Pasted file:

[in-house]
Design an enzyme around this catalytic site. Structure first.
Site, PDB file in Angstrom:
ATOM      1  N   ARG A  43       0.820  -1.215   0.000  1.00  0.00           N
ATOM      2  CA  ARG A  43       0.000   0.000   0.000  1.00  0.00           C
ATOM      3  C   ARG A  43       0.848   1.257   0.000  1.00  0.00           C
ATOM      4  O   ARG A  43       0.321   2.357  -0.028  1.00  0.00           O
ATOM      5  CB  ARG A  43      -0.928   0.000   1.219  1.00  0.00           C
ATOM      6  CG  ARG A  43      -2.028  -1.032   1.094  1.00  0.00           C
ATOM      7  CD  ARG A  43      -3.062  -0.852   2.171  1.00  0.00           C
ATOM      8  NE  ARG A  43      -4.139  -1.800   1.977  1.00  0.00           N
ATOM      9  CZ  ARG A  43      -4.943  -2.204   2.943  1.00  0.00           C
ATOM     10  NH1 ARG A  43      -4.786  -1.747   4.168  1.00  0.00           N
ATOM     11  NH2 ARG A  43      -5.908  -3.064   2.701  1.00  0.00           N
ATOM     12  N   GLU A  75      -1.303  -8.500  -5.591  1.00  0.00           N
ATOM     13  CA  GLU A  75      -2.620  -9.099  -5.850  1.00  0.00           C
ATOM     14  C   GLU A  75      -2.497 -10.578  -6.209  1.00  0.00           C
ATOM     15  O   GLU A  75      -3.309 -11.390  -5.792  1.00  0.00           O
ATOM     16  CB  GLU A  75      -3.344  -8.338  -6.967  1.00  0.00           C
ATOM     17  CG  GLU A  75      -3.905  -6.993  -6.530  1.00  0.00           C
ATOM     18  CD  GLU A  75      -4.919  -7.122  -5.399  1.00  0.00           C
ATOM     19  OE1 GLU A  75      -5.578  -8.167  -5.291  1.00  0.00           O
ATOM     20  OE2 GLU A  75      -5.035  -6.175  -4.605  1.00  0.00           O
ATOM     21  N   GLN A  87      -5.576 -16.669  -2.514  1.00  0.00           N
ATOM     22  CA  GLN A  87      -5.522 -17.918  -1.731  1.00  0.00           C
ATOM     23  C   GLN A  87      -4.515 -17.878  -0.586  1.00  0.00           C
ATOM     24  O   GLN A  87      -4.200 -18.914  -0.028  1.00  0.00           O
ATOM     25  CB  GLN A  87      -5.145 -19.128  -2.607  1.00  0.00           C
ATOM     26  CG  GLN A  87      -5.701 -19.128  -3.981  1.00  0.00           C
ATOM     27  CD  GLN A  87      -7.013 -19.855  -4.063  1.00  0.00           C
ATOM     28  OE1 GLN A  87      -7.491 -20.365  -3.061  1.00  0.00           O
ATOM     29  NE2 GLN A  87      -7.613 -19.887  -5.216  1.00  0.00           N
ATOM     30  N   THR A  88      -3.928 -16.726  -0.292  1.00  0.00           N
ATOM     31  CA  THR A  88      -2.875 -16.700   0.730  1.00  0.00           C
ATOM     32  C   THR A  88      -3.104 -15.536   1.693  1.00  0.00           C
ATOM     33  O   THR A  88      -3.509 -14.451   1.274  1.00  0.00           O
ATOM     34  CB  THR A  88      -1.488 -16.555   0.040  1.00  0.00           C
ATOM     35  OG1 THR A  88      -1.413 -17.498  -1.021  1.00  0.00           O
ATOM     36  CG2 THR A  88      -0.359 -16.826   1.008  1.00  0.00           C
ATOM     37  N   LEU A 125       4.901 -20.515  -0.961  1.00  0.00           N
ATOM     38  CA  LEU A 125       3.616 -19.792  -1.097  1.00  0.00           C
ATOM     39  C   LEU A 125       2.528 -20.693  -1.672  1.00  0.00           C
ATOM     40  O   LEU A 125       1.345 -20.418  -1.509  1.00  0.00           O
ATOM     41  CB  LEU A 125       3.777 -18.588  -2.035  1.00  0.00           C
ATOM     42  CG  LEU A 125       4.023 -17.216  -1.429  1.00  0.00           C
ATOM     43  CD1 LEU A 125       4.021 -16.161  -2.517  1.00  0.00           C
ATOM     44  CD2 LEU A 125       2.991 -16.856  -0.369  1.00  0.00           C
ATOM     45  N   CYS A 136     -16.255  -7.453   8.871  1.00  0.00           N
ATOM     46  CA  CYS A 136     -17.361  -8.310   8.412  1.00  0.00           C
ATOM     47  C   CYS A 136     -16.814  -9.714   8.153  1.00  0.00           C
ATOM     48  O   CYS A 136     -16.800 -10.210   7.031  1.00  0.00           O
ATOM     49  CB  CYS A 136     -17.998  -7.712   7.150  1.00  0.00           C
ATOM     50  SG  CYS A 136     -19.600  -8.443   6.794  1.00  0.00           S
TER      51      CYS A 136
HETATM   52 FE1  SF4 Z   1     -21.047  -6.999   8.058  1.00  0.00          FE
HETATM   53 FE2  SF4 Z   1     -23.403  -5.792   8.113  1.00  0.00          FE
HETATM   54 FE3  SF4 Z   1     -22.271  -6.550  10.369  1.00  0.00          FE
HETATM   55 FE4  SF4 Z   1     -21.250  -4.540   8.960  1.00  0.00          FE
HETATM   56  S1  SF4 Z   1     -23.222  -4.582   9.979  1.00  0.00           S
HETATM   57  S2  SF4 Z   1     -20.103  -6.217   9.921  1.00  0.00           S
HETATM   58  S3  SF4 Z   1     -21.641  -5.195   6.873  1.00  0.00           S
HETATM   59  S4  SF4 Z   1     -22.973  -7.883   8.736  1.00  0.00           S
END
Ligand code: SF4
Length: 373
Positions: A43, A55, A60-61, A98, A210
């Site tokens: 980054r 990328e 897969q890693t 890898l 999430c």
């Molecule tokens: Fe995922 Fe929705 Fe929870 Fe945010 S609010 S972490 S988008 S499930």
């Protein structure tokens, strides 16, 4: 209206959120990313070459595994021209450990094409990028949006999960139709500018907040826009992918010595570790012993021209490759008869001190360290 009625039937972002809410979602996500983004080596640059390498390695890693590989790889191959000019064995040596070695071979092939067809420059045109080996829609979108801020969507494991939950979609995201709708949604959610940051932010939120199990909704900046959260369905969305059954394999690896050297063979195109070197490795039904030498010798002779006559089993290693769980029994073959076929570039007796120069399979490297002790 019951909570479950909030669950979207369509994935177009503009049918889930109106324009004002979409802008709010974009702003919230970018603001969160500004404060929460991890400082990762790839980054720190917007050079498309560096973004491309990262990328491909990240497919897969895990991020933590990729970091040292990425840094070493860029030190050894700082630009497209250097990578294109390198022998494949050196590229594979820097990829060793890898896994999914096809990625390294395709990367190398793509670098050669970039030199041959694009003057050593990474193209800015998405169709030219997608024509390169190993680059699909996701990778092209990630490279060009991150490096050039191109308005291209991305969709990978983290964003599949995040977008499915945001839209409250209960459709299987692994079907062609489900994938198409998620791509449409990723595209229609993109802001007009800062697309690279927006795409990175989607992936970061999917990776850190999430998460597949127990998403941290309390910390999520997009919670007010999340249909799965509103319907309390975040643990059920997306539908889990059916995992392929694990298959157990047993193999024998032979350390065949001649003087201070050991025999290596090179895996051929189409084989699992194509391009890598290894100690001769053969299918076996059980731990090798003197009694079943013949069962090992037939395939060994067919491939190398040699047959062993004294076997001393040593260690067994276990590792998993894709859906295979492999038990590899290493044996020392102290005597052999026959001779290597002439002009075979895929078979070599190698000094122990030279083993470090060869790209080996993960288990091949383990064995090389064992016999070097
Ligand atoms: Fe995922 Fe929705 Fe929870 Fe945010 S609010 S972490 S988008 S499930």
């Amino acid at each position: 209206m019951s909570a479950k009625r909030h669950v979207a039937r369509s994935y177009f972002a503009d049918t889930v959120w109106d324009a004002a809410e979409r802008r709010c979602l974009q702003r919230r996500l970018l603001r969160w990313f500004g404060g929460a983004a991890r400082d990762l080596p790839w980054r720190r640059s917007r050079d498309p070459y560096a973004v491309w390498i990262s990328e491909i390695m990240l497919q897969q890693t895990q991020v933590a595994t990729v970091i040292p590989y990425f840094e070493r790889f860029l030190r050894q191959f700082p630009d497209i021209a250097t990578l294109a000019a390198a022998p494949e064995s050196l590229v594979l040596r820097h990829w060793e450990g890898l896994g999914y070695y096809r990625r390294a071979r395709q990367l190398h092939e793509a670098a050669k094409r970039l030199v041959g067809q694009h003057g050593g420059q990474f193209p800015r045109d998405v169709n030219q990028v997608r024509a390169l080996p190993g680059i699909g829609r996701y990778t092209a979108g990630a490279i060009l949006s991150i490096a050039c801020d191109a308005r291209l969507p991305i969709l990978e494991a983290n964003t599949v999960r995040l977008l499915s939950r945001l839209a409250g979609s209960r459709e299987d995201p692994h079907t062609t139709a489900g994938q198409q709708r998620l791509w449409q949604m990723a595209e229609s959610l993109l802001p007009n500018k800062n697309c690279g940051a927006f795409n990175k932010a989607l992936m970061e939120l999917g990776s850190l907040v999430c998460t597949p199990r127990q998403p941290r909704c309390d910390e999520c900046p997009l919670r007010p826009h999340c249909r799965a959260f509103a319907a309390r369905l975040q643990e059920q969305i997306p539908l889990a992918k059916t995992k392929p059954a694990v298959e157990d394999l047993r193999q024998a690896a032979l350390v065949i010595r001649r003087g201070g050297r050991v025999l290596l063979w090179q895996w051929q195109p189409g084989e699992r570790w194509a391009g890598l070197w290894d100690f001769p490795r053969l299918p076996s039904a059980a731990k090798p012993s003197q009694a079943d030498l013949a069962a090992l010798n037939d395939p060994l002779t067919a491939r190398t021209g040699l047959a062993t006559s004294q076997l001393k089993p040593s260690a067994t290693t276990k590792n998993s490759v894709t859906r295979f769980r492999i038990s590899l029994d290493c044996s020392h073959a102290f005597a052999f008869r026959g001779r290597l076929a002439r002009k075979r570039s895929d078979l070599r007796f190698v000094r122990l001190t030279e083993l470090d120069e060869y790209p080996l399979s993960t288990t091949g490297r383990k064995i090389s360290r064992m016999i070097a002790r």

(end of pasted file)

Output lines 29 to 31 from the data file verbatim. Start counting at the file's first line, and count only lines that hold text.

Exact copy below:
ATOM     26  CG  GLN A  87      -5.701 -19.128  -3.981  1.00  0.00           C
ATOM     27  CD  GLN A  87      -7.013 -19.855  -4.063  1.00  0.00           C
ATOM     28  OE1 GLN A  87      -7.491 -20.365  -3.061  1.00  0.00           O